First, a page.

It was on one of the earlier phone calls that I had the fear of God struck into me about using Firefox. The fact that I was trying to download through Firefox was the first theory about why installation was failing. McAfee, I was told in no uncertain terms, does not like Firefox. I dutifully uninstalled Firefox and worked all day only through Internet Explorer, which only added to the fun--IE is exponentially slower on this computer than Firefox. It was a relief to put Explorer back to bed and welcome Firefox back as my default browser.

How's that for a boring day? Geeze, we can blog about anything, can't we? For relief I put up a picture I took a couple of months ago of the beautiful Perquimans (rhymes with "persimmon") River, one of the great, completely unheard-of streams that water this part of the country. It's brackish, doesn't taste salty but has enough salt to support a very healthy population of fish and blue crabs. The picture looks south, towards the river's mouth (not visible) at the Albemarle Sound. We make this crossing every day on our way to the property.

Steve just called to tell me the electricians are back, putting in light fixtures and switches. One more step. Electricity to the house can't be too far behind....

Friday, December 4, 2009



Here's yet another recipe from Cooks Illustrated that must be shared. It's a perfect meal for a cold day, with its lengthy braise creating wonderful aromas through the house, and a stick-to-your-ribs (no pun intended) finish. I offer the recipe here exactly as it appears in the magazine. Unflavored gelatin is called for because no bones are used in this recipe; therefore the thickening effect of the natural gelatin found in bones is lost. I didn't have any gelatin on hand, so I skipped that step to no noticeable detriment. The sauce is already so rich and delicious (and yet so simple--it's all about reduction and strengthening flavors) that the additional unctuousness of gelatin would be a cherry on an already over-the-top cake. (You can use bone-on ribs if you want, but they take up a lot of room in the pan and produce at least six times the fat as their boned counterparts. Substitute 7 pounds of bone-on ribs with at least an inch of meat on the top.)

I used rice as a starch to carry the sauce just because we were mashed potatoed-out after Thanksgiving. The peas added sweetness to the whole. But accompaniments, of course, are up to you.

3 1/2 pounds meaty boneless short ribs, at least 4 inches long and 1 inch thick, trimmed of excess fat
Kosher salt and ground black pepper
2 tablespoons vegetable oil
2 large onions , peeled and sliced thin from pole to pole (about 4 cups)
1 tablespoon tomato paste
6 medium garlic cloves , peeled
2 cups hearty red wine such as cabernet
1 cup beef broth
4 large carrots , peeled and cut crosswise into 2-inch pieces
4 sprigs fresh thyme
1 bay leaf
1/4 cup cold water
1/2 teaspoon unflavored powdered gelatin

Adjust oven rack to lower-middle position and heat oven to 300 degrees. Pat beef dry with paper towels and season with 2 teaspoons salt and 1 teaspoon pepper. Heat 1 tablespoon oil in large heavy-bottomed Dutch oven over medium-high heat until smoking. Add half of beef and cook, without moving, until well browned, 4 to 6 minutes. Turn beef and continue to cook on second side until well browned, 4 to 6 minutes longer, reducing heat if fat begins to smoke. Transfer beef to medium bowl. Repeat with remaining tablespoon oil and meat.

Reduce heat to medium, add onions, and cook, stirring occasionally, until softened and beginning to brown, 12 to 15 minutes. (If onions begin to darken too quickly, add 1 to 2 tablespoons water to pan.) Add tomato paste and cook, stirring constantly, until it browns on sides and bottom of pan, about 2 minutes. Add garlic and cook until aromatic, about 30 seconds. Increase heat to medium-high, add wine and simmer, scraping bottom of pan with wooden spoon to loosen browned bits, until reduced by half, 8 to 10 minutes. Add broth, carrots, thyme, and bay leaf. Add beef and any accumulated juices to pot; cover and bring to simmer. Transfer pot to oven and cook, using tongs to turn meat twice during cooking, until fork slips easily in and out of meat, 2 to 2½ hours.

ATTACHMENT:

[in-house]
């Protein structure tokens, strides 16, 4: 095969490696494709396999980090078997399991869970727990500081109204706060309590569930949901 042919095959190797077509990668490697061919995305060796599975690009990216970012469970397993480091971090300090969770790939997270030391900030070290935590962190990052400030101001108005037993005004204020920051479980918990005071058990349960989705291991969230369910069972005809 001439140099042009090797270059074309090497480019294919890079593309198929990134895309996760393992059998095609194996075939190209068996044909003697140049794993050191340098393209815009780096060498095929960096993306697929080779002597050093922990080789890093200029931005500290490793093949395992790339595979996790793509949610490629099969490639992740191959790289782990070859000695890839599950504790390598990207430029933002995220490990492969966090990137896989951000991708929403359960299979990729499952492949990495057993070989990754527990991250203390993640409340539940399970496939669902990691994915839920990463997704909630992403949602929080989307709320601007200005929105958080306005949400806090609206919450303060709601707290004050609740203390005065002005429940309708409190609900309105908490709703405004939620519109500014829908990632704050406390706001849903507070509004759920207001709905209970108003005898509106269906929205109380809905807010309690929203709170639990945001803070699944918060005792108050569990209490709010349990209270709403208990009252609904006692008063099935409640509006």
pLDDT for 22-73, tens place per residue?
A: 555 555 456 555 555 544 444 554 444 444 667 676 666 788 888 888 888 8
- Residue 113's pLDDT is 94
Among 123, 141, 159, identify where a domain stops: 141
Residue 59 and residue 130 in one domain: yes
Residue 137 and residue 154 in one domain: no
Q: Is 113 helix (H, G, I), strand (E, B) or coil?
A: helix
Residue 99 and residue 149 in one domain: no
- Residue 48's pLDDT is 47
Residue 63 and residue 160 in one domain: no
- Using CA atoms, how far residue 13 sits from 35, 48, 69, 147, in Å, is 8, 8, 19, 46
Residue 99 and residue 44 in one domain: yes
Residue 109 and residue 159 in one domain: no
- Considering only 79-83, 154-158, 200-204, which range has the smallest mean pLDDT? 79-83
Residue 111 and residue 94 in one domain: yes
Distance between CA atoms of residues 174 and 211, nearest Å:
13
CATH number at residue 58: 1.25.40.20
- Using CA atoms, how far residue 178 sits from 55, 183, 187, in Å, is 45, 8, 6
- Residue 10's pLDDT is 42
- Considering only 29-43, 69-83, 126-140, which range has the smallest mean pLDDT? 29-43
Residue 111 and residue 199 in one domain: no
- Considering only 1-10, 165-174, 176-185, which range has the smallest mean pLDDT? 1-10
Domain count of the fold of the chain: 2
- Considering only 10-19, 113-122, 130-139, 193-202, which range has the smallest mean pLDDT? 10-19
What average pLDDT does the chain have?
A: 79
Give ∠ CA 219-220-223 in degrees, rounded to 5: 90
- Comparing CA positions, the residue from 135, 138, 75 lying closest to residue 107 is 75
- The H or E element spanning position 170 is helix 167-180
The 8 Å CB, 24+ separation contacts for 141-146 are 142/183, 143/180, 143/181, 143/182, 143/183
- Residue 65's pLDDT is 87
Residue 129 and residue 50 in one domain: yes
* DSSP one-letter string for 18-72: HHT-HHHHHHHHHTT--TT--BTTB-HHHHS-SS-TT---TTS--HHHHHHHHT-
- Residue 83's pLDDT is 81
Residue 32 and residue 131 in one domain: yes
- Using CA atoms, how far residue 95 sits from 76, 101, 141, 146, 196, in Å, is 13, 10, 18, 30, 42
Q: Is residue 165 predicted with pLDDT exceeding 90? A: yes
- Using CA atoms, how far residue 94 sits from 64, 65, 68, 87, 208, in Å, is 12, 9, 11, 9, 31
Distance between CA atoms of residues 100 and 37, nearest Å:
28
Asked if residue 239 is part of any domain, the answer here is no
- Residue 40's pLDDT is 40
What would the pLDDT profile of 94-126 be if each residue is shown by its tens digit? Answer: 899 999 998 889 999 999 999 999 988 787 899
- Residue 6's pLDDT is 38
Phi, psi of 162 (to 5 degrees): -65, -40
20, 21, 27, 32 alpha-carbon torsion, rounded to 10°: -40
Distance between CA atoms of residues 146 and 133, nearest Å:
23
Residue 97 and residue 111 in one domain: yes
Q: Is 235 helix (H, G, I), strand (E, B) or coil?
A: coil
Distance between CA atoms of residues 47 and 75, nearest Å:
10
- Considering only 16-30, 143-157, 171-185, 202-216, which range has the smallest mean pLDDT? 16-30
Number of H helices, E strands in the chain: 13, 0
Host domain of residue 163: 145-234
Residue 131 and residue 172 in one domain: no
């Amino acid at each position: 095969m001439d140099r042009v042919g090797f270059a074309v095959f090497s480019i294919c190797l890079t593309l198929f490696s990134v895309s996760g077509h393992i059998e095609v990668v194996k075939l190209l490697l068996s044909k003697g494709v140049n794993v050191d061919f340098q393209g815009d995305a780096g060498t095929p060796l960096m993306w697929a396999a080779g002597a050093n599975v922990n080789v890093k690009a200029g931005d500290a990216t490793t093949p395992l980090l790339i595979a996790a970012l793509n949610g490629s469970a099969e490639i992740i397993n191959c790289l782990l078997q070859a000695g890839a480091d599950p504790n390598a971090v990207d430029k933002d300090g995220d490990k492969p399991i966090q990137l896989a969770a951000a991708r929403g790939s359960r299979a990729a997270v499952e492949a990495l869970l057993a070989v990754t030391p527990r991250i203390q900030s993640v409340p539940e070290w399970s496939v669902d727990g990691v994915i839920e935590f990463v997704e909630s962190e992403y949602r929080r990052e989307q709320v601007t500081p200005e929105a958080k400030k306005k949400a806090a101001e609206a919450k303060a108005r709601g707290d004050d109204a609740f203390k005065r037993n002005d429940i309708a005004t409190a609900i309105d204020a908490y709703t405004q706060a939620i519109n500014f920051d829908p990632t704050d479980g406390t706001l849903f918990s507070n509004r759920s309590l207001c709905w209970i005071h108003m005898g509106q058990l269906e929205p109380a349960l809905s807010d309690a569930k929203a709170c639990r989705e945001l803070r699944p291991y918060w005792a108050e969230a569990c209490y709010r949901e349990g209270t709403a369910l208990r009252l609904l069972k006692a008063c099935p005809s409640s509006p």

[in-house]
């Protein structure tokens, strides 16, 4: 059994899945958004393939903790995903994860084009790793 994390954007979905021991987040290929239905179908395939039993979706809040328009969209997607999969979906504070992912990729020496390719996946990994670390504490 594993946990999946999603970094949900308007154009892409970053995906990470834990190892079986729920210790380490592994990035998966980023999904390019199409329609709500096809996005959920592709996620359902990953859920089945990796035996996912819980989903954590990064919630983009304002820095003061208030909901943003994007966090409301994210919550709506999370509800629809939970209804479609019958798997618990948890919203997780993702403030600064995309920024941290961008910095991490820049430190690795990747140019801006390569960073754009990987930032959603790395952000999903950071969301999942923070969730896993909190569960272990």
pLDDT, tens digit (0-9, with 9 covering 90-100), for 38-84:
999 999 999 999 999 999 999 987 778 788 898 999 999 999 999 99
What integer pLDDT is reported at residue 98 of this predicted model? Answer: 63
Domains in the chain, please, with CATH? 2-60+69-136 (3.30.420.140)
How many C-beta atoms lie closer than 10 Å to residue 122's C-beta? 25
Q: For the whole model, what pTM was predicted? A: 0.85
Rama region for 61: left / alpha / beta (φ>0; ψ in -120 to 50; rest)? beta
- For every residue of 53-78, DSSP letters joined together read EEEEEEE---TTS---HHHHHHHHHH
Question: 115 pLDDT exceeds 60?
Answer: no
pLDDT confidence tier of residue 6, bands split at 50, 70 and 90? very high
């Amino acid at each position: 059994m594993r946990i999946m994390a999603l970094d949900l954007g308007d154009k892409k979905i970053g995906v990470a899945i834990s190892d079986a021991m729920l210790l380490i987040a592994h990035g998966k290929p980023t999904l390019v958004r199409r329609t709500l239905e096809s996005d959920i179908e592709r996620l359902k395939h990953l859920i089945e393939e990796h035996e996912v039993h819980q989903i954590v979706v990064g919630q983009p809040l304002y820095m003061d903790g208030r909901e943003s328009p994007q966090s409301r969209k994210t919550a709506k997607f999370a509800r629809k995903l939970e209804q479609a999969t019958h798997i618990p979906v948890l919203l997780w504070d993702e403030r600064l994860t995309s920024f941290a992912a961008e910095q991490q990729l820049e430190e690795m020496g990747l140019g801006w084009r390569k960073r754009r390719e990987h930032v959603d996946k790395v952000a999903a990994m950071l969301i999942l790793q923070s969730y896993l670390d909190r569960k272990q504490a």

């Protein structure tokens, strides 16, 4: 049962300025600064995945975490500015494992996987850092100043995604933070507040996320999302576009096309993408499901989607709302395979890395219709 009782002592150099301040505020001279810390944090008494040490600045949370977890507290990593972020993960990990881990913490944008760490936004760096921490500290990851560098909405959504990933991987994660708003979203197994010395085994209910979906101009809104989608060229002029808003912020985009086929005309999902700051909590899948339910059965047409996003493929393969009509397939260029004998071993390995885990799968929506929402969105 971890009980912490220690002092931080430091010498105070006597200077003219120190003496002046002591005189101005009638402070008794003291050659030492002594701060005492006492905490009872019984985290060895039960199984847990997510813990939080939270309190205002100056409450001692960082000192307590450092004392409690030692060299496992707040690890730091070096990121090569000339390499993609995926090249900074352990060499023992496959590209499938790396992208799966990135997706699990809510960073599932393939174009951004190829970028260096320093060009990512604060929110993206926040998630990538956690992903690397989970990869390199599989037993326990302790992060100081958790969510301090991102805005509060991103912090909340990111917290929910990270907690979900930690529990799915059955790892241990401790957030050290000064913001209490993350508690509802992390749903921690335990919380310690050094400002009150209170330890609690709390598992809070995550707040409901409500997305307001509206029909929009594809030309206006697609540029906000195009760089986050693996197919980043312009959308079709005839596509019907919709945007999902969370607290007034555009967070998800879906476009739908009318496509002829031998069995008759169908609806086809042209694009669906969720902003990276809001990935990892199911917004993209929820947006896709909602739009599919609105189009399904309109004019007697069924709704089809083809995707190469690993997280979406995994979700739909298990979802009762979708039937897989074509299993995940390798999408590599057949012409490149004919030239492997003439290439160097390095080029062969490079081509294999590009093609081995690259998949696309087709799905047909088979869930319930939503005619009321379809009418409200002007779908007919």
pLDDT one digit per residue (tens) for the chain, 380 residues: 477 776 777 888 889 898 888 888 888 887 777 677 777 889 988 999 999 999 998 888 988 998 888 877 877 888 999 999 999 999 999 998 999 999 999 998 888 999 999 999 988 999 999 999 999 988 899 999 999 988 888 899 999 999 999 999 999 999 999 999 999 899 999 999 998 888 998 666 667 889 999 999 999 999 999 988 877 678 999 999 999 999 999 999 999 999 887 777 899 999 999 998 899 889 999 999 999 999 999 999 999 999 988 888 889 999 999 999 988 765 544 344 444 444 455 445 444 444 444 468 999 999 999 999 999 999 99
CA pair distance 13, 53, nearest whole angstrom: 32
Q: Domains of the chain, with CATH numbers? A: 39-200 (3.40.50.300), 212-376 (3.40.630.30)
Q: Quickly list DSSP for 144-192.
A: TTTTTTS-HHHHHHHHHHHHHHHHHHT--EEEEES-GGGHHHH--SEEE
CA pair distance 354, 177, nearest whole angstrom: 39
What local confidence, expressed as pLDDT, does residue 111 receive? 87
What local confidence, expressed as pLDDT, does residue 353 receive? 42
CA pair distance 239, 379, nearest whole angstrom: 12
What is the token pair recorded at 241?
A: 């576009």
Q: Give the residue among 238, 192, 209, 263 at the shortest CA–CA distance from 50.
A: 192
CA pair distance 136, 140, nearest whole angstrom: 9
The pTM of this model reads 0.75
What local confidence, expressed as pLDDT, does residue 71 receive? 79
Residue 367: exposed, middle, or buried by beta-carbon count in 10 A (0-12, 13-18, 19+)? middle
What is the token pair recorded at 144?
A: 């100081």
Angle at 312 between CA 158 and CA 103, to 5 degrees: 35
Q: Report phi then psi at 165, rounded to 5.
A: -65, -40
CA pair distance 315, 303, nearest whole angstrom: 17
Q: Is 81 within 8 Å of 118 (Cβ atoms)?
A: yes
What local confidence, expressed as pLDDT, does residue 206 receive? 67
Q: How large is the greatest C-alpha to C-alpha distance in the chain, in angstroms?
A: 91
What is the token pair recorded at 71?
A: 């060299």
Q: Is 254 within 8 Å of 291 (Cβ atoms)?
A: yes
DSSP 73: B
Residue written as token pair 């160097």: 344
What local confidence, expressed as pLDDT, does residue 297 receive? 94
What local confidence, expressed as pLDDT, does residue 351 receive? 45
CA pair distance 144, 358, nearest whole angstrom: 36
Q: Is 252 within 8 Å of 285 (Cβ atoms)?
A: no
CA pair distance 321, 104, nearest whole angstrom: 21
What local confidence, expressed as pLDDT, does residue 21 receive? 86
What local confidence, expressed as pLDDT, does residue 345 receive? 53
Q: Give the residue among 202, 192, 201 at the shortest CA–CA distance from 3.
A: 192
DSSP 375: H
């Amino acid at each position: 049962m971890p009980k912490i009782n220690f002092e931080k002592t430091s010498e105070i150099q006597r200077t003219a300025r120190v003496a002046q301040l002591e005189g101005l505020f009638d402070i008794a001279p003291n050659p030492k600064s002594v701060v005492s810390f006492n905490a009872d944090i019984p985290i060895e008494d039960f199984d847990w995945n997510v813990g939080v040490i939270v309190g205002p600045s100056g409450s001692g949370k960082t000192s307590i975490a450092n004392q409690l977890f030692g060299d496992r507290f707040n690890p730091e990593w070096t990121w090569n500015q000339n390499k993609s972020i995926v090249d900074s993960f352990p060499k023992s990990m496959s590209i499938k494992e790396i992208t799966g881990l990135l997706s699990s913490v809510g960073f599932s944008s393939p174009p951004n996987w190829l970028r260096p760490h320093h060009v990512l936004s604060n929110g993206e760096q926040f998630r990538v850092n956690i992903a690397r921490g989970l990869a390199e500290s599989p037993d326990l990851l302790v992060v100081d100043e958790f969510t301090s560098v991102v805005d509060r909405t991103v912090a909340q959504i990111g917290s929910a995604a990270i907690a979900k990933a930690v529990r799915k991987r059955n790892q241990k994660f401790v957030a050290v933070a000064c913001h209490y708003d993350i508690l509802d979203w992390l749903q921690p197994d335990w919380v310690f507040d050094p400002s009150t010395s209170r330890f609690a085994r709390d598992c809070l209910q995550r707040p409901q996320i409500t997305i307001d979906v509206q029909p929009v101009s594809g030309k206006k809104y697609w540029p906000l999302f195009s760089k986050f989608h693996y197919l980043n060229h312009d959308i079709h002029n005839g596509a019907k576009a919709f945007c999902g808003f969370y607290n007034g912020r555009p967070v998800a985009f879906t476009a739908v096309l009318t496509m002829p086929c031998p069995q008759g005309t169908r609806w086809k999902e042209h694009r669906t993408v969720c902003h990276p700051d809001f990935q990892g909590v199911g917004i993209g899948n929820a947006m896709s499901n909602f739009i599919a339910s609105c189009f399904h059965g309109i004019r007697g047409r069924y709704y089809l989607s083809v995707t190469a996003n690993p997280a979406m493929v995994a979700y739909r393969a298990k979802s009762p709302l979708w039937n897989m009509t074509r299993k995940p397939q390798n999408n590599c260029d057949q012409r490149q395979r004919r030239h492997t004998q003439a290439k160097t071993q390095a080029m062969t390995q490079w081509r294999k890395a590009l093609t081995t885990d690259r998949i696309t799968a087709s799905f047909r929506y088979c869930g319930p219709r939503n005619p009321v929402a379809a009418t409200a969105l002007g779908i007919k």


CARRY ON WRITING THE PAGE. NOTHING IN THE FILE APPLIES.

Place water in small bowl and sprinkle gelatin on top; let stand at least 5 minutes. Using tongs, transfer meat and carrots to serving platter and tent with foil. Strain cooking liquid through fine-mesh strainer into fat separator or bowl, pressing on solids to extract as much liquid as possible; discard solids. Allow liquid to settle about 5 minutes and strain off fat. Return cooking liquid to Dutch oven and cook over medium heat until reduced to 1 cup, 5 to 10 minutes. Remove from heat and stir in gelatin mixture; season with salt and pepper. Pour sauce over meat and serve.

Thursday, December 3, 2009

Carolina Mudpie for a Crowd

Before I get to the local specialty promised in the title, I bring your attention to the new masthead photo. It's what you see at the driveway entrance as of today. Our imagined concept of seeing a lovely house peeking out of the woods is becoming a reality. The color looks a bit drab now, but it's the effect we were after: a large-ish structure that looks like it belongs in its environment. We will add splashes of bright color to bring it to life after we move in.

The siding guy must have a sadistic streak, because he came the other day and finished the entire job except for the shutters on the room above the garage. The box containing the shutters is there, waiting to be used. It means he'll have to make one more trip all the way out there just to hang two more shutters. We don't get it. He's not paid by the hour. Sadistic, like I said. Has to be.

The piles of brush in the front yard are the leafy, twiggy parts of five trees that had to come down to make way for the septic field. If it ever dries out enough, we'll have bonfires to dispose of them. Outdoor fires are legal here with a permit that is free and downloadable. (All of a sudden we are once again savoring the spicy aroma of burning leaves--an experience I haven't had since the practice was outlawed in my suburban Virginia neighborhood when I was a teenager.) We dodged rain yesterday to get the trees cut into logs; we ended up with at least another cord of firewood, and we decided it was just too much for us--we already have enough wood to last a couple of lifetimes. We found a young couple on Craigslist who needed it to heat their house, so we let them have it for free.


1/4 acre sandy clay
10 dumptruck loads sand

Before rain begins, dig six trenches, each 6 feet deep by 4 feet wide by 50 feet long, in the quarter-acre. Fill each trench halfway with sand, then place porous PVC pipe on top of sand in each trench and surround with heavy-duty styrofoam popcorn held together in huge mesh bags. Cover pipe and styrofoam with sandy clay originally dug from trenches; keep adding clay to come to top of each trench. Smooth remaining clay over entire surface of the quarter-acre and leave to settle. This is a septic system, but that's not the point.

Do a rain dance if necessary to summon 3 (three) days of Biblical, torrential downpour.

Invite friends over. Wallow.